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LJWorld.com weblogs Five-minute Scout

Western Kentucky has two of three traits that huge underdogs want

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Western Kentucky's T.J. Price (52) celebrates with teammates after the Sun Belt Conference championship game against Florida International on Monday, March 11, 2013, in Hot Springs, Ark., Monday, March 11, 2013. Western Kentucky won 65-63. Price was named the tournament's most valuable player. WKU will face Kansas University in the first round of the NCAA Tournament on Friday, March 22, 2013, in Kansas City, Mo.

Western Kentucky's T.J. Price (52) celebrates with teammates after the Sun Belt Conference championship game against Florida International on Monday, March 11, 2013, in Hot Springs, Ark., Monday, March 11, 2013. Western Kentucky won 65-63. Price was named the tournament's most valuable player. WKU will face Kansas University in the first round of the NCAA Tournament on Friday, March 22, 2013, in Kansas City, Mo.

Team: Western Kentucky
Record: 20-15
KenPom (Ken Pomeroy) Ranking: 183
All statistics from KenPom.com unless otherwise noted

3 Strengths

Offensive rebounding: Let's get the scary part out of the way for Kansas fans: ESPN's "Giant Killers" blog has identified three high-risk, high-reward characteristics that most NCAA Cinderellas share, and WKU is strong in two of the three. The first is offensive rebounding, which helps an underdog avoid a knockout scoring run by a favorite.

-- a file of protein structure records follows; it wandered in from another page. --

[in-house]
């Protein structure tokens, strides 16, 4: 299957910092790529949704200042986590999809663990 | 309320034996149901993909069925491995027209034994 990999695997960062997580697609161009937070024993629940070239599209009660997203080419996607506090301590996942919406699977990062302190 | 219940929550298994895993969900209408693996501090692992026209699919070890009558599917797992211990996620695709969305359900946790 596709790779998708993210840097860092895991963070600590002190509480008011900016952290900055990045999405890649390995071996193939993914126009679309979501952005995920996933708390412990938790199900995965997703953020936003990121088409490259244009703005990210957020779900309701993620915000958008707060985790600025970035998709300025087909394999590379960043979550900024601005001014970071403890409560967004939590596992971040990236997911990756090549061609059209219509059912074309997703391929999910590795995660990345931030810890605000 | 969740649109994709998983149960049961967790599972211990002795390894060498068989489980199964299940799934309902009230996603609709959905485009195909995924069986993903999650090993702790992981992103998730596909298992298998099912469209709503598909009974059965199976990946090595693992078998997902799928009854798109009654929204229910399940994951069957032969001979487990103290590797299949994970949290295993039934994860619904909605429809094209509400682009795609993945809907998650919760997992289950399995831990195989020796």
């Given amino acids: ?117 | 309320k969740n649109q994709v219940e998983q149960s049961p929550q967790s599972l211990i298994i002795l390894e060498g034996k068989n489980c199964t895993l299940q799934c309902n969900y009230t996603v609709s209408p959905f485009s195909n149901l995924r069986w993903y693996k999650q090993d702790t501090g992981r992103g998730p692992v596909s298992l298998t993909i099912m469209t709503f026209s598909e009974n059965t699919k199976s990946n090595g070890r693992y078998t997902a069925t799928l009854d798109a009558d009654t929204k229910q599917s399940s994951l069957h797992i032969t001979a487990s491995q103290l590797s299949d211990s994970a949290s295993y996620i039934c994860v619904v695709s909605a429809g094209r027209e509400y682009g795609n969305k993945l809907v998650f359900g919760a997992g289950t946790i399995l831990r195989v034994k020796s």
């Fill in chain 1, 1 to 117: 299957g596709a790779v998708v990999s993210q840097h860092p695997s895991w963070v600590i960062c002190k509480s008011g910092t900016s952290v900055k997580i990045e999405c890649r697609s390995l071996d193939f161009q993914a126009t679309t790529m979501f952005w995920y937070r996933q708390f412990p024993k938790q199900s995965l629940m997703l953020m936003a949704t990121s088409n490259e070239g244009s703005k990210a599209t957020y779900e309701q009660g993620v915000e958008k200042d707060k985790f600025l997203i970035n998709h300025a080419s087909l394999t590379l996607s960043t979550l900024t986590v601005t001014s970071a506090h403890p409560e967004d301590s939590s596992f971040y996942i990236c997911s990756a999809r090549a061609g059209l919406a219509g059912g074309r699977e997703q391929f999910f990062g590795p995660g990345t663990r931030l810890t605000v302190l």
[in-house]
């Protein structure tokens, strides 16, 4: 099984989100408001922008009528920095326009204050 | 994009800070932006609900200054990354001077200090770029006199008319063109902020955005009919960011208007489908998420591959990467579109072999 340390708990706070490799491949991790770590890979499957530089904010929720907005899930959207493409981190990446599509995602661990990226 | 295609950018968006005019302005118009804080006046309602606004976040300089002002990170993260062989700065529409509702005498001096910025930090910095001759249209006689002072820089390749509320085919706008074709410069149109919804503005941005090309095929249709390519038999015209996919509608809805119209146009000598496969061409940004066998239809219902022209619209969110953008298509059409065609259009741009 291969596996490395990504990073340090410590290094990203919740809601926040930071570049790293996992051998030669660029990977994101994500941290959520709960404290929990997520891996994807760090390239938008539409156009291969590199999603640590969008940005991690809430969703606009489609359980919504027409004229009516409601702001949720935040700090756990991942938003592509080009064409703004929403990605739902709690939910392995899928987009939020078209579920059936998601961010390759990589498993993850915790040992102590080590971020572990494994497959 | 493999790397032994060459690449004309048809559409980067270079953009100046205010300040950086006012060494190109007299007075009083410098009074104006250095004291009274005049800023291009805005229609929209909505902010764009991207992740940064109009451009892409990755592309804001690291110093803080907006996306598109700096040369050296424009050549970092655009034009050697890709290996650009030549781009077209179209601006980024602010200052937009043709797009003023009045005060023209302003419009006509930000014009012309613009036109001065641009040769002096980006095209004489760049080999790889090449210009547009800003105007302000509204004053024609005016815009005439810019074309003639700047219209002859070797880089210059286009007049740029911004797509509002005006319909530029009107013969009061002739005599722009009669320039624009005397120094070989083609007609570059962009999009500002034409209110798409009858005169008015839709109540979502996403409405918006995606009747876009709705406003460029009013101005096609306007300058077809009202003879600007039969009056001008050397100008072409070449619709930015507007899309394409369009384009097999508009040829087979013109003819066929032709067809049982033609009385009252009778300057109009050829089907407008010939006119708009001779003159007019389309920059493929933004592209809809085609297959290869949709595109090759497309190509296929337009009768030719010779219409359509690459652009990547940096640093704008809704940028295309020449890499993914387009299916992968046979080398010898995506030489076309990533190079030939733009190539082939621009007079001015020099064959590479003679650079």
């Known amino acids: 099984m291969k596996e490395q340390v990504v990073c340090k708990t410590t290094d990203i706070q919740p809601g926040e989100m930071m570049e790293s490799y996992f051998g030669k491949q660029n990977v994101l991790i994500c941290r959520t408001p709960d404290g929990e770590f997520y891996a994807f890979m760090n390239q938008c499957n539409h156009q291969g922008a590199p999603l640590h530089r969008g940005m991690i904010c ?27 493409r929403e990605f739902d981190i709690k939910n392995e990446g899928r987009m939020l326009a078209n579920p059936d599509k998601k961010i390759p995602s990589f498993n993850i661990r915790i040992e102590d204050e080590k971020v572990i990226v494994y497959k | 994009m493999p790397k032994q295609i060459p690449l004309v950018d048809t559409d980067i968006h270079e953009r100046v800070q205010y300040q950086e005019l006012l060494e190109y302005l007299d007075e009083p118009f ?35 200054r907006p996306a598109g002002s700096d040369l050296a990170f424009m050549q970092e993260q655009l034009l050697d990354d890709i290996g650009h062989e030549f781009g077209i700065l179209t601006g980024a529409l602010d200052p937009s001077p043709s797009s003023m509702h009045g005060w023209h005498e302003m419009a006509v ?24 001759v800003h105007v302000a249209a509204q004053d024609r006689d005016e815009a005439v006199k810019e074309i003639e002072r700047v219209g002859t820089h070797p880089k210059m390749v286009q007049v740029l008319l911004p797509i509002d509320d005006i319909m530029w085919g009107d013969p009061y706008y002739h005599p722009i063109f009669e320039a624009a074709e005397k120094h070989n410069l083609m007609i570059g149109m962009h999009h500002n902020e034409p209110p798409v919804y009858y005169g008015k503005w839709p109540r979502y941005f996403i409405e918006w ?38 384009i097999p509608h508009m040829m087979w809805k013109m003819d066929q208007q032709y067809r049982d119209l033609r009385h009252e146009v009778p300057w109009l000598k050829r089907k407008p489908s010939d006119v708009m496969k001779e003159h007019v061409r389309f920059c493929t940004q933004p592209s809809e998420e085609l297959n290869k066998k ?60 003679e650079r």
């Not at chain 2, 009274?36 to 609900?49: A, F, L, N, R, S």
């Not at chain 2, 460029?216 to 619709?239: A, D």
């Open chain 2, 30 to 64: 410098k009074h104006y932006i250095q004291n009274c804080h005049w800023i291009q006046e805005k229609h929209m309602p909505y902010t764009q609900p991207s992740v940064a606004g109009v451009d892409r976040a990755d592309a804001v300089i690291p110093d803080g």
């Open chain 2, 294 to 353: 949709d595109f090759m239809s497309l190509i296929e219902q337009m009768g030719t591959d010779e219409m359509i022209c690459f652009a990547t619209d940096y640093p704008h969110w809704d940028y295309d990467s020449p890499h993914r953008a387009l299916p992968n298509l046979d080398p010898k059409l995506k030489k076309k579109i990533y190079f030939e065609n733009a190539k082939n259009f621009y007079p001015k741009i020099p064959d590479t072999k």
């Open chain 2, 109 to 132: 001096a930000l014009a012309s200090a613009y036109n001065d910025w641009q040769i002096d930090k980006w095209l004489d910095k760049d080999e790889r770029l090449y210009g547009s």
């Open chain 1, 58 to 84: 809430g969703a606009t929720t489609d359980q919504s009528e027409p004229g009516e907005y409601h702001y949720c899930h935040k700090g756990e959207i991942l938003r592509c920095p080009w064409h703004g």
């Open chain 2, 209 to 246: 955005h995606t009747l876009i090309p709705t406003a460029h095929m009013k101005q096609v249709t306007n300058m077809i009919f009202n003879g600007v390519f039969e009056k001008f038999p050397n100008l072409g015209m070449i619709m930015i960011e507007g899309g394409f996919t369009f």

The Hilltoppers rank 73rd nationally in offensive rebounding percentage, pulling down 34.8 percent of their missed shots. That number was even higher (36 percent) during Sun Belt Conference play. The good news for KU? It has been a strong defensive rebounding team all year, ranking 61st nationally in defensive rebounding percentage.

Shooting a high percentage of threes: This is the second characteristic that Cinderellas often have, as shooting lots of threes is another strategy that has the potential to reward an underdog in a one-game setting. The Hilltoppers rank 78th nationally in percentage of three-pointers taken, as 36.4 percent of their field goals are threes.

WKU hasn't shot it particularly well from the outside (33.2 percent is slightly below NCAA average), but again, that number can fluctuate up or down in a one-game sample size. Allowing threes has been a weakness for KU this year, as 36.2 percent of the field goals against the Jayhawks this season have been treys (291st-lowest split nationally).

Defensive rebounding: WKU ranks 139th nationally in defensive rebounding percentage and actually improved in that area during conference play. The Hilltoppers ranked third in league play in that stat, pulling down 69.7 percent of the available defensive rebounds.

3 Weaknesses

Creating steals: The third item on the "Giant Killers" Cinderella checklist is defensive steal percentage, and this is one of WKU's biggest weaknesses. The Hilltoppers rank 240th nationally in defensive steal percentage, coming away with swipes on just 9.1 percent of opponents' possessions.